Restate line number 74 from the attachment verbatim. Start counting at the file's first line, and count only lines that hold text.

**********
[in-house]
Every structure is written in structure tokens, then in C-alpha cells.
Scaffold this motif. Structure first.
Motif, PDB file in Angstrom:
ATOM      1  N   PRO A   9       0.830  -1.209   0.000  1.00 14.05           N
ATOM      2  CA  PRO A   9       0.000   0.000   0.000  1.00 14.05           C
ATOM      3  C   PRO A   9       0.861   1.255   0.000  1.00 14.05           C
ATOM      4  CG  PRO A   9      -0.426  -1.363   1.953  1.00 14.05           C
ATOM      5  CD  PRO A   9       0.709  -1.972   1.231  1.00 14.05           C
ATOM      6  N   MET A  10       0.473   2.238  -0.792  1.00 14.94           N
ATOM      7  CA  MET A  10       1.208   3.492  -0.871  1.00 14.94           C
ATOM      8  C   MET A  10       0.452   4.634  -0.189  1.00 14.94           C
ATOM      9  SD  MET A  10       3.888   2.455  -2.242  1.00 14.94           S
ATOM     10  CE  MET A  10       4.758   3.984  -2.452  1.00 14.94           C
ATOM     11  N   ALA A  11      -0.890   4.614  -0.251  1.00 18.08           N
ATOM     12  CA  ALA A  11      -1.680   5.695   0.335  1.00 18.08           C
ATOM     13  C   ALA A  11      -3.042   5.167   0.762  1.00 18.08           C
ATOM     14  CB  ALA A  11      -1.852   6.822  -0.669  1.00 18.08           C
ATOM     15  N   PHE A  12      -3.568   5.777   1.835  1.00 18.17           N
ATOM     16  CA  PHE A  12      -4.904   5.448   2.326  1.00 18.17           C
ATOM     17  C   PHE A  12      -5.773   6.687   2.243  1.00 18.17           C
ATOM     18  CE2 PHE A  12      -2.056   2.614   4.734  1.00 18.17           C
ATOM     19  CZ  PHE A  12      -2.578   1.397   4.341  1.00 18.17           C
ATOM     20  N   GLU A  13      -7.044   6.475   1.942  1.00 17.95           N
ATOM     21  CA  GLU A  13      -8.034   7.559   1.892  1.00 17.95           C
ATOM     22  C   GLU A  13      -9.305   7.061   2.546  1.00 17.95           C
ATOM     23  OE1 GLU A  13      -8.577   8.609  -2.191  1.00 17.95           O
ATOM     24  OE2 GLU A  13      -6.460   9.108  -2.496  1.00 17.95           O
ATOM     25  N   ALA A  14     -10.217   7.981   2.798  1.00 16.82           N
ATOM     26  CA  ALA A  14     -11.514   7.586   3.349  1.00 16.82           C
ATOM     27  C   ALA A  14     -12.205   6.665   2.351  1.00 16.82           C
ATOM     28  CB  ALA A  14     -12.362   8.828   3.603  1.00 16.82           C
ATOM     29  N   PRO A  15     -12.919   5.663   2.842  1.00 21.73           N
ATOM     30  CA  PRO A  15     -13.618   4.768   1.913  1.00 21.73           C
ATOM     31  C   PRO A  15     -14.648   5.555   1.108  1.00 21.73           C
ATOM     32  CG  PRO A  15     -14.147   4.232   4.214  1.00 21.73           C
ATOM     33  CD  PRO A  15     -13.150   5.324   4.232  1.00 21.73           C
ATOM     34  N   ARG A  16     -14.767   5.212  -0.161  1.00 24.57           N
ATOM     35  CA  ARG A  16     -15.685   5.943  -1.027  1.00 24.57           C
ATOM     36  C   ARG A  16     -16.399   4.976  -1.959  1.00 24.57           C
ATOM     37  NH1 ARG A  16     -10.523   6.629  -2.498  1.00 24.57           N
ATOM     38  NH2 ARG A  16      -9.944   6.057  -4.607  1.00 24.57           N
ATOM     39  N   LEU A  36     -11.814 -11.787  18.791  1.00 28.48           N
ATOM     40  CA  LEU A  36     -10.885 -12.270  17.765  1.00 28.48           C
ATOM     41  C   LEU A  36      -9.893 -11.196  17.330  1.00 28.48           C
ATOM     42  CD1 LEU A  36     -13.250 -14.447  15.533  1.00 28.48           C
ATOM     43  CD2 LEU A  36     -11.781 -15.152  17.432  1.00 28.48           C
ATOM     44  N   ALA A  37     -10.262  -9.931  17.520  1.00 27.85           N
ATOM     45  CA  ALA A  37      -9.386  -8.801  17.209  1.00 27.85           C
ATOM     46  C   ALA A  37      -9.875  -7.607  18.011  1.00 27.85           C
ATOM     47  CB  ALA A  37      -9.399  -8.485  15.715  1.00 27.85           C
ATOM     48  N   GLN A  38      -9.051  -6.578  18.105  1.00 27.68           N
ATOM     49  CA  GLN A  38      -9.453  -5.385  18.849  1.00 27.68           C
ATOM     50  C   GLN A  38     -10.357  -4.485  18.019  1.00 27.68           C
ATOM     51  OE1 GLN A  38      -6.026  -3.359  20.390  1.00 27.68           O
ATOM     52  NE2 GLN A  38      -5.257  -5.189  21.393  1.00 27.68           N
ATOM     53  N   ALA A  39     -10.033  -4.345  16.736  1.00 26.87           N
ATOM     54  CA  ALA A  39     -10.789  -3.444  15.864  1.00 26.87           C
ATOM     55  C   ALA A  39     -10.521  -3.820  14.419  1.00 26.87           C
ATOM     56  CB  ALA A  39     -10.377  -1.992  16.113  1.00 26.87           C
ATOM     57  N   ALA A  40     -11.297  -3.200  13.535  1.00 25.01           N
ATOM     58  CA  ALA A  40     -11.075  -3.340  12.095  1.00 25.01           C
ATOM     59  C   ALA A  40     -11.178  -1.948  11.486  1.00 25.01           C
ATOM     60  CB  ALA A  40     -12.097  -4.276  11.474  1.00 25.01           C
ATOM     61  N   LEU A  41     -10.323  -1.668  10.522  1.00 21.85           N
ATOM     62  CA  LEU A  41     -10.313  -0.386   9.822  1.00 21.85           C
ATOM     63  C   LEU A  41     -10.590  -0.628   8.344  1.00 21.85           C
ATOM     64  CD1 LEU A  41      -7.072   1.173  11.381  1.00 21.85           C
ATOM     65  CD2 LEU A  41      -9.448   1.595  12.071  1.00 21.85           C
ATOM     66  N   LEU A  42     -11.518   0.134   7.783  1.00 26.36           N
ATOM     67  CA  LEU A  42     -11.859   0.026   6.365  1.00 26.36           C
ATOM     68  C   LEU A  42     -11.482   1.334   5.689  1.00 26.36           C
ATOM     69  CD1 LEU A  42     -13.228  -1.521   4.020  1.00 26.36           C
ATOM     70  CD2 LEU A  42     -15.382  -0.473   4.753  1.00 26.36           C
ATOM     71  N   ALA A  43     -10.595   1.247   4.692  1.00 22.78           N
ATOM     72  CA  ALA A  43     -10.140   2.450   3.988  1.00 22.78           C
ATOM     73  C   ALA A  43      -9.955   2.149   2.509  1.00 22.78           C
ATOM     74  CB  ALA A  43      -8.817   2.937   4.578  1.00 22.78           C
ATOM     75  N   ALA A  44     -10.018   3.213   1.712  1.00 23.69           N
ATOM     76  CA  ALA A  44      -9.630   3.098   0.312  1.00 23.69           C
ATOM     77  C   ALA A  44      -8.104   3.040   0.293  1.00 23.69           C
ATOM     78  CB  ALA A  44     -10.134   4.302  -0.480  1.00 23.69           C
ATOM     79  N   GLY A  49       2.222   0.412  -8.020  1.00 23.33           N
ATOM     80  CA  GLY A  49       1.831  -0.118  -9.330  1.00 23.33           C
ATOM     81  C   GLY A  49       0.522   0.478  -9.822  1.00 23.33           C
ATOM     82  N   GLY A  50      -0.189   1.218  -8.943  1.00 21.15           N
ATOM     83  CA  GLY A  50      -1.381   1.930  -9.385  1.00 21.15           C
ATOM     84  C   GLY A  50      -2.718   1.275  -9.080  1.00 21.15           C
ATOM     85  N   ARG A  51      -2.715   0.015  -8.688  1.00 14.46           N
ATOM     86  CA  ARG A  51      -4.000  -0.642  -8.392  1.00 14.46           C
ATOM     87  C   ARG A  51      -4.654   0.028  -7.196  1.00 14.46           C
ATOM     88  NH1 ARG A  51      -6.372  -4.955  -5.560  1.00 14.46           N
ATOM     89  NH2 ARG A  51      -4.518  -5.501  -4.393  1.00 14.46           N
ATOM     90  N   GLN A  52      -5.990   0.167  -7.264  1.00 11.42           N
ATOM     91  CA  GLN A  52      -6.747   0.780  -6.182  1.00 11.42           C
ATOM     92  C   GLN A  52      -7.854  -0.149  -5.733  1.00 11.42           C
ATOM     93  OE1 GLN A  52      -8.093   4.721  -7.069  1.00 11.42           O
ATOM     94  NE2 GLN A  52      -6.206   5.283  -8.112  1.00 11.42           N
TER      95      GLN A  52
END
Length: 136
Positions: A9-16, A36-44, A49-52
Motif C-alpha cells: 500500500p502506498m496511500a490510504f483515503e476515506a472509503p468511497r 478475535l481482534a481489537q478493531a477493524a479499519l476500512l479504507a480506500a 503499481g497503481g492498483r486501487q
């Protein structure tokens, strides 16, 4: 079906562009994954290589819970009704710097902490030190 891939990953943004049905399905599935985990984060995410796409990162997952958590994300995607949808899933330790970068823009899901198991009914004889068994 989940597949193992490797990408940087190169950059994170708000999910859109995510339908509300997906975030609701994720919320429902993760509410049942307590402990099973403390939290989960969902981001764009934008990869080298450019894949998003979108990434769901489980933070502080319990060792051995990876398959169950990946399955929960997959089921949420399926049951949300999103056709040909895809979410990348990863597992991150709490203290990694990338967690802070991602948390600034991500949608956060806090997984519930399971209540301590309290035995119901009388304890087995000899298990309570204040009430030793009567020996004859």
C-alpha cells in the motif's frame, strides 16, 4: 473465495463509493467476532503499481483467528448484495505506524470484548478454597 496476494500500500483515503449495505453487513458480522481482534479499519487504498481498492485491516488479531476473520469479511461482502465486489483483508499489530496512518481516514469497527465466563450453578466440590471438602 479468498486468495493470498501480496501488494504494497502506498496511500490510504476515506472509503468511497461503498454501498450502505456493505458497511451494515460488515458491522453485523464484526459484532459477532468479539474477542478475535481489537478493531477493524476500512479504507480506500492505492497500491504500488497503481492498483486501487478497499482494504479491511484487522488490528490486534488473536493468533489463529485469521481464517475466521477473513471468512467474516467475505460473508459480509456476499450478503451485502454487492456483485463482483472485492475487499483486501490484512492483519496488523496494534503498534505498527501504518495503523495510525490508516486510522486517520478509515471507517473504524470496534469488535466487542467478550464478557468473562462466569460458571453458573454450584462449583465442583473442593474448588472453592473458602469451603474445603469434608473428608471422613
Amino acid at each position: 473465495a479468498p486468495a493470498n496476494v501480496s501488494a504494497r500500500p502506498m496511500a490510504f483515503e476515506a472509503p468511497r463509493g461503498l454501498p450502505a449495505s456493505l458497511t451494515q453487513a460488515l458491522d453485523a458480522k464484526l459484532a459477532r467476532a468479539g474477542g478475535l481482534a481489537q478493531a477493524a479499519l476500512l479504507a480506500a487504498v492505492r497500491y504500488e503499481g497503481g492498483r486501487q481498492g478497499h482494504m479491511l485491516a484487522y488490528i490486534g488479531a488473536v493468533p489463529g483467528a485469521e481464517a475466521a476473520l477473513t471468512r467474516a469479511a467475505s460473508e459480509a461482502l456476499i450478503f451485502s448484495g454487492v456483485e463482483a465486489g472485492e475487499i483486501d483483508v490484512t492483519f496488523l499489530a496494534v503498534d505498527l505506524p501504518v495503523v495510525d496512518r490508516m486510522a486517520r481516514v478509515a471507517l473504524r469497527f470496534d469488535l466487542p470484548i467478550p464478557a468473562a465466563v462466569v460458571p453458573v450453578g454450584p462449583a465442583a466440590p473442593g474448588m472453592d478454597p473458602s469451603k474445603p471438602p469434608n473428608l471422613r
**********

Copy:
ATOM     70  CD2 LEU A  42     -15.382  -0.473   4.753  1.00 26.36           C